TODAY'S PAPER

The deadly price of a hotter Earth

In July 2018, Death Valley -- where temperatures are measured at aptly named Furnace Creek, 190 feet below sea level -- broke the U.S. record for hottest month ever. Above, a view of the national park in California. Photo Credit: AP / Brian Melley

I hiked once in Death Valley.

It was in July, many years ago. My wife and I went up into a canyon, a half-mile or so. We did it for the experience; we’d never encountered that kind of heat before.

It topped out at 120 degrees, and it was a physical force. We felt like we were walking against it, trying to push our way through it. We didn’t really sweat. We just had trouble breathing.

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I hiked once in Death Valley.

It was in July, many years ago. My wife and I went up into a canyon, a half-mile or so. We did it for the experience; we’d never encountered that kind of heat before.

It topped out at 120 degrees, and it was a physical force. We felt like we were walking against it, trying to push our way through it. We didn’t really sweat. We just had trouble breathing.

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We got back to the trailhead perversely savoring what we thought was a once-in-a-lifetime moment.

That perspective of uniqueness was shattered by the last few weeks.

Death Valley — where temps are measured at aptly named Furnace Creek, 190 feet below sea level — just broke the U.S. record for hottest month ever, with an average temperature for July of 108.1 degrees. It hit at least 120 degrees on 21 days, reached 127 four days in a row, and on 10 days never fell below 100.

It wasn’t blazingly hot only in the California desert. Dozens of places in the United States, from Maine to Nevada, broke records. Dozens of people died from heat-related causes in Quebec.

Temperatures topped 90 degrees in the Arctic Circle. Wildfires ravaged northern Scandinavia and Siberia; the smoke, and its attendant air pollution, traveled more than 5,000 miles and colored sunsets red in Canada and America.

Heat records were set in Armenia, France and Britain, where roads and roofs buckled. Algeria (124.3 degrees) probably broke the all-time high for Africa. Oman recorded the hottest low daily temperature in history when the mercury never dropped below 109.

In Japan, 23,000 people were hospitalized in one week in July from triple-digit temperatures; since May, more than 80 people have died of heatstroke. One victim was a 6-year-old boy on a school outing to hunt insects.

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Korea — both South and North — also shattered records in July, with at least 29 people in the South dying from heatstroke. More than 3 million livestock in South Korea died, and North Korea’s secretive government said that stemming further damage to rice, corn and other crops is “extremely important and urgent.”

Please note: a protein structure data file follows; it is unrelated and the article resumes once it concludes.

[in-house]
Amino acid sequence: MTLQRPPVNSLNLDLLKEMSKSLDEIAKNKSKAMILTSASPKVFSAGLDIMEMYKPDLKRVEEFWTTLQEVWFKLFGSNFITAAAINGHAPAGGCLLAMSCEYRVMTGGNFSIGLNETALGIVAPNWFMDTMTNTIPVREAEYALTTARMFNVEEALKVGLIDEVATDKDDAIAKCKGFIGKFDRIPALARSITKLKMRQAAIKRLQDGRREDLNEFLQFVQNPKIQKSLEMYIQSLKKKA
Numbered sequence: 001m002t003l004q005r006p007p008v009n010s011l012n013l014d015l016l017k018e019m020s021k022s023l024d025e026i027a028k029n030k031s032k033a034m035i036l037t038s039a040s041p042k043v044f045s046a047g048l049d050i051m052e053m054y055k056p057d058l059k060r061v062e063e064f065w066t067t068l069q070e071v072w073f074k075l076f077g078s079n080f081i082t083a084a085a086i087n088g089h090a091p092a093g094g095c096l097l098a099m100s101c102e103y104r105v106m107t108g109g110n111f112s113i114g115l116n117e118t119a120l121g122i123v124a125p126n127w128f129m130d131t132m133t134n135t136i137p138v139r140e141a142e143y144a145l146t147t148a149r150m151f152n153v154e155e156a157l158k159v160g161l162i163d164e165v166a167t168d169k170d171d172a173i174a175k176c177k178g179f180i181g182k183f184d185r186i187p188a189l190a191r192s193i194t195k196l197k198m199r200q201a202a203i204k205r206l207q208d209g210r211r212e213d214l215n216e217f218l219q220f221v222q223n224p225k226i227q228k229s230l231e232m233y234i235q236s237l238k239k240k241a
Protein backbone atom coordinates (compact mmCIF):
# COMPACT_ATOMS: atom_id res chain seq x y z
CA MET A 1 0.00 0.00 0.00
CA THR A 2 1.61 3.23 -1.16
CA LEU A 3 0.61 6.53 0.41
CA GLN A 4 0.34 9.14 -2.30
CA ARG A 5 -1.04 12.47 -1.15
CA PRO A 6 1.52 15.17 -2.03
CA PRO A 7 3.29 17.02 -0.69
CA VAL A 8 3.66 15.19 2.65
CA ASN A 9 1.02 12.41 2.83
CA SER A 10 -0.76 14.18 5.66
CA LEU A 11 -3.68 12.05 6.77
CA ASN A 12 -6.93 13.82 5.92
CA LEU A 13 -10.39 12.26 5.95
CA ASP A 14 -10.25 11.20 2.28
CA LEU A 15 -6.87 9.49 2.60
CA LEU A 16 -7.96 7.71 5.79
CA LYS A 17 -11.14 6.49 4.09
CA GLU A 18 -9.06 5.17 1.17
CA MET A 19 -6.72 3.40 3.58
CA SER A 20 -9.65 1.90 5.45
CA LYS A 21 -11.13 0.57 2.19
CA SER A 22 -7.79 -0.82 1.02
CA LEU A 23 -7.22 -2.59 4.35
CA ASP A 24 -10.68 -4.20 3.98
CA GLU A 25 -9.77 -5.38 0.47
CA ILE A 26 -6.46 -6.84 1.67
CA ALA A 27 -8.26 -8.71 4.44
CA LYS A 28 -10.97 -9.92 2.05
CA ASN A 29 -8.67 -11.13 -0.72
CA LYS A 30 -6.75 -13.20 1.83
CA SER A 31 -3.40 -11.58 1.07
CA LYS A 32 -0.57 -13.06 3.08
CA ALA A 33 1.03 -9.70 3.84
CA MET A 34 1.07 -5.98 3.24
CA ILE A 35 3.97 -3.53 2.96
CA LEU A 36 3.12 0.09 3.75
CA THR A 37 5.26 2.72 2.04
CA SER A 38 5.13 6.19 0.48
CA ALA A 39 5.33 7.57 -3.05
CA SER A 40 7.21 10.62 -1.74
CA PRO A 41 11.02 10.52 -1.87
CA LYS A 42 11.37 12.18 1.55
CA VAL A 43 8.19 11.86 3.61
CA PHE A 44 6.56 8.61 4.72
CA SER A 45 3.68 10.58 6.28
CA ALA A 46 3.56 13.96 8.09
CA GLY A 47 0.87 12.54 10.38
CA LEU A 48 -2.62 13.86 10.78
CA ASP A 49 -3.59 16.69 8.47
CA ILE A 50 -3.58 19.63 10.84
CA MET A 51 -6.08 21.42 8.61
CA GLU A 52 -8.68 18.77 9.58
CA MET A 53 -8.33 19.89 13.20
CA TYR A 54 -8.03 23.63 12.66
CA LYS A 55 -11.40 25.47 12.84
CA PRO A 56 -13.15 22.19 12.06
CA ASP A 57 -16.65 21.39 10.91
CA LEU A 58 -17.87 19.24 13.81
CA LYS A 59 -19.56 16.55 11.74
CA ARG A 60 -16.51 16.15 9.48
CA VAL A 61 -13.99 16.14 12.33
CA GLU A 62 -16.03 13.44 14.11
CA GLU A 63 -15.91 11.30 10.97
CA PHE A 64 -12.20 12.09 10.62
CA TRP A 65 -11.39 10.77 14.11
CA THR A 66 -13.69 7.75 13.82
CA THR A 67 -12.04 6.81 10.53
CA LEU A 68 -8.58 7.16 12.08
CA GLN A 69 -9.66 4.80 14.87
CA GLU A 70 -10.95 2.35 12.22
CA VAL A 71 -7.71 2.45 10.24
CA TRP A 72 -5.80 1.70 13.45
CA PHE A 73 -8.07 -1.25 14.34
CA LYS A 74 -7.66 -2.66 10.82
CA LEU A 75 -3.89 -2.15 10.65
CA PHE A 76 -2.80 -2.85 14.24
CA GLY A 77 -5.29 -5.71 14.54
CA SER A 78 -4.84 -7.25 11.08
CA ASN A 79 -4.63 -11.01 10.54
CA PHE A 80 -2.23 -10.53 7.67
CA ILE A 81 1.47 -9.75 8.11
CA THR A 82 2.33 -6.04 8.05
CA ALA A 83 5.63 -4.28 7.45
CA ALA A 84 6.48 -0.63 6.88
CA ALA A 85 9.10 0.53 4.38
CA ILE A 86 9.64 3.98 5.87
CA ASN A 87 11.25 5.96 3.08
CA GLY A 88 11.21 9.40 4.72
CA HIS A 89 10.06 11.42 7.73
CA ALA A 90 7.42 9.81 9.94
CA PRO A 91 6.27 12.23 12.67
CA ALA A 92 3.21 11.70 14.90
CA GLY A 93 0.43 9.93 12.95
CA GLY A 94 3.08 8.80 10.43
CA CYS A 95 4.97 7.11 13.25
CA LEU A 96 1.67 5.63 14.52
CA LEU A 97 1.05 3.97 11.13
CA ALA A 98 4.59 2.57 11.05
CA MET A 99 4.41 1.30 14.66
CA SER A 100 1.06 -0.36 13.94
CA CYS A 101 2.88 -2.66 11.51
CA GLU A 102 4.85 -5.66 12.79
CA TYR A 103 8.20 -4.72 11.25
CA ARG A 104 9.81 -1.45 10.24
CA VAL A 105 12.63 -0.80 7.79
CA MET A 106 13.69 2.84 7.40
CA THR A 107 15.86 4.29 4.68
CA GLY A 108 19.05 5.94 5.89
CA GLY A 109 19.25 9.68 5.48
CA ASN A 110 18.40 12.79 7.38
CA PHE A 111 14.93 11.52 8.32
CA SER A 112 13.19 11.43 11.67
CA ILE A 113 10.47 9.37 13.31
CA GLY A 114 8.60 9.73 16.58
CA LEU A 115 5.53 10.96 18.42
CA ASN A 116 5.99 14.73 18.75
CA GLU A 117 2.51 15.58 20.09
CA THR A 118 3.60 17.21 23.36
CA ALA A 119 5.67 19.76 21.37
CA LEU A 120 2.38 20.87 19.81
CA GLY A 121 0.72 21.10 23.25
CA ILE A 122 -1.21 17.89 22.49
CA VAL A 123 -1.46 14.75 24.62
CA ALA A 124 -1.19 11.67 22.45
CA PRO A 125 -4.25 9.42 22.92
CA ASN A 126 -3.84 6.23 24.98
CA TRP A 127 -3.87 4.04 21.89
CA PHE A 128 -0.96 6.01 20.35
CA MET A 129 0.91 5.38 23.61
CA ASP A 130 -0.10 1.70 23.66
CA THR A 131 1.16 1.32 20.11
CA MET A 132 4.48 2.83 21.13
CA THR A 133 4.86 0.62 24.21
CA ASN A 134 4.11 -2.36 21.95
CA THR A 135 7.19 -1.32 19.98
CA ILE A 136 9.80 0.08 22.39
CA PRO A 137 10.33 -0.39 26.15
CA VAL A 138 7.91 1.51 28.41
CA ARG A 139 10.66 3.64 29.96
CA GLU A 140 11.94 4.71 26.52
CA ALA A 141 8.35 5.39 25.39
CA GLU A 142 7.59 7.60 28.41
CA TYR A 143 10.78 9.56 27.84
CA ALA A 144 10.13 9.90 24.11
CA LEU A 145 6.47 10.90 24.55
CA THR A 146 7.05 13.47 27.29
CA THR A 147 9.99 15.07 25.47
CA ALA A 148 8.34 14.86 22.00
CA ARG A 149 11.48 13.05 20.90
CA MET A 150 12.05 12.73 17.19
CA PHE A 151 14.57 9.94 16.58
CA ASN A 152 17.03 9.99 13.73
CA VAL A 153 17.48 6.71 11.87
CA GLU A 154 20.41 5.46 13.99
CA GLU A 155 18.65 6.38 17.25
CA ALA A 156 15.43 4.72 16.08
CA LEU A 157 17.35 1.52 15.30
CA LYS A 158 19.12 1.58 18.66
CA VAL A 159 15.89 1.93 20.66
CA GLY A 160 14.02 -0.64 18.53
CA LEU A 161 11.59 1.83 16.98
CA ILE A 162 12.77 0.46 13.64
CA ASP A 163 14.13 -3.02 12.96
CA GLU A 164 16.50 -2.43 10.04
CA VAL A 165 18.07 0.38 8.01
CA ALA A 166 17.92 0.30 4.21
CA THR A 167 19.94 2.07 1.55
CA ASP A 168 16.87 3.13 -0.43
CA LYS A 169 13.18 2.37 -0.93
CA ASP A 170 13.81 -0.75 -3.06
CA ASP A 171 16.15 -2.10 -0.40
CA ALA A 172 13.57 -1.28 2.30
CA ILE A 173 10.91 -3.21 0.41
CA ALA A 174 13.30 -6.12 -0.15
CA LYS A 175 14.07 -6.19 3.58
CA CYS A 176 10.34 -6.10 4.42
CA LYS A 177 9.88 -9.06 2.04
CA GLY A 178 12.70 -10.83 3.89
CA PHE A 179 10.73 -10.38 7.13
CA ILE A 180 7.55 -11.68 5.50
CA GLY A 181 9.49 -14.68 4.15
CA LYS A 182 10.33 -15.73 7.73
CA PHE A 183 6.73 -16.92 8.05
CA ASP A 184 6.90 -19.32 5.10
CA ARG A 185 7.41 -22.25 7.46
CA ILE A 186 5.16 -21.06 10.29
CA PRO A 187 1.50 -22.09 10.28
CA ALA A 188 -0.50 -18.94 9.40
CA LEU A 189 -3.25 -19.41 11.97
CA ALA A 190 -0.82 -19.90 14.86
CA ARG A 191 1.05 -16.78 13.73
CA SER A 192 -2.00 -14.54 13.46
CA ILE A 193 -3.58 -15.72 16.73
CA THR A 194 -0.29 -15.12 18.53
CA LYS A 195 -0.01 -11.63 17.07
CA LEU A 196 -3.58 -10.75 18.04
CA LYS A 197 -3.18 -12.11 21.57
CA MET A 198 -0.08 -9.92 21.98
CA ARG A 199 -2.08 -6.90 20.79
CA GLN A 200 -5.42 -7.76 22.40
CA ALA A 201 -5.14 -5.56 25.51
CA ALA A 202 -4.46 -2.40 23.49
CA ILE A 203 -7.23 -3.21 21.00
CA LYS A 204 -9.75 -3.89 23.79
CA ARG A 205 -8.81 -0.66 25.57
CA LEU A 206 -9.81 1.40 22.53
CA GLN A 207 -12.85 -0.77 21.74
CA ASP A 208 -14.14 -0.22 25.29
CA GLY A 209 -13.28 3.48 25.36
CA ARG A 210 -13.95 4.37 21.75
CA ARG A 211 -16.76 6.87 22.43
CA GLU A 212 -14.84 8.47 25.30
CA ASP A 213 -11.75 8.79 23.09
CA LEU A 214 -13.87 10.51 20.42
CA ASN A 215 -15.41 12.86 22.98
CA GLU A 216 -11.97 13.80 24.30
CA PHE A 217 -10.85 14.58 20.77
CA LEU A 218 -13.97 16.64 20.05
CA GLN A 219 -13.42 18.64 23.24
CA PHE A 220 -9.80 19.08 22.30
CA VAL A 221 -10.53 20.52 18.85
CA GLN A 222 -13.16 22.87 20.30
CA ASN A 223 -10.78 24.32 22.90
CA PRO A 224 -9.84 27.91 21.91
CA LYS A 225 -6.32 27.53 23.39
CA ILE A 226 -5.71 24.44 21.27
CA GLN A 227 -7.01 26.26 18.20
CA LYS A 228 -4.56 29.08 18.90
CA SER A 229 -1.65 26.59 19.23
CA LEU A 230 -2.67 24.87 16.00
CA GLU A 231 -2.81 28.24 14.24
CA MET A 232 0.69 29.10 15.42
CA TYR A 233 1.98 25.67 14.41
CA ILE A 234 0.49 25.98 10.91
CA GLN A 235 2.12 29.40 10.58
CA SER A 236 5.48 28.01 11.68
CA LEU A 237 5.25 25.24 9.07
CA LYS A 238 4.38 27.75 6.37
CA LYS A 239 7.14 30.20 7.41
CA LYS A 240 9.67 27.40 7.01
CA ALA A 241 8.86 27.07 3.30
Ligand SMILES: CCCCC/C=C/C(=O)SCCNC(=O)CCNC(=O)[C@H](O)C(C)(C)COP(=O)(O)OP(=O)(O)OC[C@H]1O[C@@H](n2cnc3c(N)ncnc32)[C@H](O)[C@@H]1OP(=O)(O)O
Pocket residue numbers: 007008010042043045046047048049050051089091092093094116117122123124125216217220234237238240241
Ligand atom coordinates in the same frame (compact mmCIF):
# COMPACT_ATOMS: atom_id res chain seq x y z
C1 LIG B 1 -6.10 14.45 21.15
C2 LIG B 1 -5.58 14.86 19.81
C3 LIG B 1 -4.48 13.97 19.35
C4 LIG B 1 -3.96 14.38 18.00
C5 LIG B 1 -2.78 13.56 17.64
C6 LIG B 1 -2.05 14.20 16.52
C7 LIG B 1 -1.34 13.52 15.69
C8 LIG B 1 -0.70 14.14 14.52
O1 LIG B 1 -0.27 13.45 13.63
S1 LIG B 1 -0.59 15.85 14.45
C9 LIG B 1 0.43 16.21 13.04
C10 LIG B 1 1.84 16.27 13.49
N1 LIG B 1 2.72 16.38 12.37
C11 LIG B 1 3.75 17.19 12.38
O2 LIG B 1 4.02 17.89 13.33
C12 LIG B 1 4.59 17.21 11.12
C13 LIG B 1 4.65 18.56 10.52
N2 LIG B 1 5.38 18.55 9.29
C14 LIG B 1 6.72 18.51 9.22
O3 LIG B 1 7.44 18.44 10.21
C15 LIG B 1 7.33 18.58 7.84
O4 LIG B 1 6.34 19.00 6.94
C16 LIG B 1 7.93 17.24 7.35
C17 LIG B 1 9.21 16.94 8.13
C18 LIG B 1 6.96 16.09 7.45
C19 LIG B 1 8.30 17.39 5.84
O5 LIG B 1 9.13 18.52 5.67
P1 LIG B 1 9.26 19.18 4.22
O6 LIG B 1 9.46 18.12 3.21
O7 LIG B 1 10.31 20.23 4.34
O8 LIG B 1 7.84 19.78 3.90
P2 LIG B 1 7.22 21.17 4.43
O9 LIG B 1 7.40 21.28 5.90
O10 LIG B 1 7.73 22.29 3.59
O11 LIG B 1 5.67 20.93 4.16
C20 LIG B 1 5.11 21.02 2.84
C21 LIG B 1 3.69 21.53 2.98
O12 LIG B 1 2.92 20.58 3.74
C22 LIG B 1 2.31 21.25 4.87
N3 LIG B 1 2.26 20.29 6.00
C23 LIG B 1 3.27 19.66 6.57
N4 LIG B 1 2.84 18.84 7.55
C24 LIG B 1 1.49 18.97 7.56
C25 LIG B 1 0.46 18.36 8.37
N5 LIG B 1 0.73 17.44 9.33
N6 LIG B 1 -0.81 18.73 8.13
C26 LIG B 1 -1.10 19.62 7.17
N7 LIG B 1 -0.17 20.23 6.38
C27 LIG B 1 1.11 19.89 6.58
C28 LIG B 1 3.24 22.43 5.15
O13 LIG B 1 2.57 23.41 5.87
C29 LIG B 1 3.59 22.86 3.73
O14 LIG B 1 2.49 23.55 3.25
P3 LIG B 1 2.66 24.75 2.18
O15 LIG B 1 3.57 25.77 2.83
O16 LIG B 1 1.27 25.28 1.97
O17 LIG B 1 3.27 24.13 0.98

As July passed into August, a report from MIT scientists found that intensifying heat waves in China’s breadbasket — fertile farmland known as the North China Plain — likely will “limit habitability” later this century in the region of 400 million people. A report last year from the same team came to a similar conclusion about heat in South Asia — which includes India and Pakistan and about 20 percent of the world’s population.

July’s heat also fueled ferocious wildfires, from the arctic to Greece, where more than 80 people perished, to the American West, where it feels like the entire state of California has been in flames for several years.

The state is caught in a vicious cycle, with heat playing a major role. Relief from droughts comes with winter snows. Snowmelt and spring rains promote the growth of grass and brush. Then earlier and hotter summer temps dry out the vegetation, turning it into rocket fuel for turbocharged fires (which also has happened in the Midwest and Southeast). In the hugely destructive Carr fire in Northern California, scientists say, extreme heat and dry brush helped create on July 26 a devastating fire tornado as much as 500 yards wide and 38,000 feet tall, with winds exceeding 143 mph.

The heat also brings more ticks and mosquitoes move north, carrying more diseases. Lobsters and fish that used to be here are fleeing farther north as the heat warms their waters, hurting local fisheries.

That’s what’s happening. What you do with the information is up to you. You can respond to it and work to help make a change.

Or you can ignore it, and hope that it doesn’t continue.

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The heat is on. Your call.

Michael Dobie is a member of Newsday’s editorial board.